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Home » Practice Blog Content » What is an AR coating, and do I really need it?

What is an AR coating, and do I really need it?

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It’s a problem only those who wear glasses understand. You’re trying to take a selfie, but every time it seems like there’s a large glare where your eyes should be in the photo. That’s likely caused by the lack of an AR coating on your lenses. While it might make it tough to take that perfect selfie, it affects your vision too.

AR coating is an anti-reflective coating that is applied to the front of your glasses–so you don’t get the reflections that bounce off the front of your lenses. Instead, the light passes through the lens and enters the eyes, giving you sharper, clearer vision (especially at night). In this way, AR coating in a sense takes your vision from standard to high-definition.

AR1By eliminating reflections, AR coating also makes your lenses look nearly invisible so people can see your eyes and facial expressions more clearly. Anti-reflective glasses also are more attractive, so you can look your best in all lighting conditions.

AR coating is especially beneficial when used on high-index lenses, which reflect more light than regular plastic lenses.

Additionally, AR coatings help protect your lenses from scratches and smudges, repel dust and water, and defend against UV exposure. AR coatings can also reduce eye strain caused by glare and reflections, and prevent the “halos” you might see from oncoming cars at night.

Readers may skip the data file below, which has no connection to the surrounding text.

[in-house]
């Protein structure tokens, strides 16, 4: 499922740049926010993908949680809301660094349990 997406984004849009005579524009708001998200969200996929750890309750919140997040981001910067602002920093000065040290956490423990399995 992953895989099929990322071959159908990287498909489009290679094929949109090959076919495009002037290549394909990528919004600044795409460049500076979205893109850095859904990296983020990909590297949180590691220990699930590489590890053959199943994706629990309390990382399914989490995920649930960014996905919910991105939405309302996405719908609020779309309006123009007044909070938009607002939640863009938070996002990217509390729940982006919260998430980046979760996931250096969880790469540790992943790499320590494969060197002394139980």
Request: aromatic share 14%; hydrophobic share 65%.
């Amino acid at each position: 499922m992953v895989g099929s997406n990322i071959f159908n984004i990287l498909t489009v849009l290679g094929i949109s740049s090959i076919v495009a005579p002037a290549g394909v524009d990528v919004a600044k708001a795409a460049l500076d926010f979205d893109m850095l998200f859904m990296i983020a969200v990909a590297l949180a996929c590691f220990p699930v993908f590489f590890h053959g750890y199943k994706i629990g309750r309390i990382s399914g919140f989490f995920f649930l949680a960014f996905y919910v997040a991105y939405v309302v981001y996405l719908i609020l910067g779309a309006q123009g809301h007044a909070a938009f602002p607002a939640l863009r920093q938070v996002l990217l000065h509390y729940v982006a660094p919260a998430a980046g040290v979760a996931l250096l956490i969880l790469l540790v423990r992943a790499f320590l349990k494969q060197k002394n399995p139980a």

Your computer glasses should also include AR coating since the glare from your screen can cause eye strain. AR coating will eliminate that light reflection and make your computer and digital device use more comfortable on your AR2eyes.

Need another reason to enhance your next pair of glasses with an AR coating? VSP members can receive a $35 mail-in rebate when they purchase Unity Progressive Lenses from a doctor participating in the VSP Global Premier Program, with at least one of these AR coatings: Unity Anti-Reflective Coating or blue light-reducing TechShield Blue.

The content on this blog is not intended to be a substitute for professional medical advice, diagnosis, or treatment. Always seek the advice of qualified health providers with questions you may have regarding medical conditions.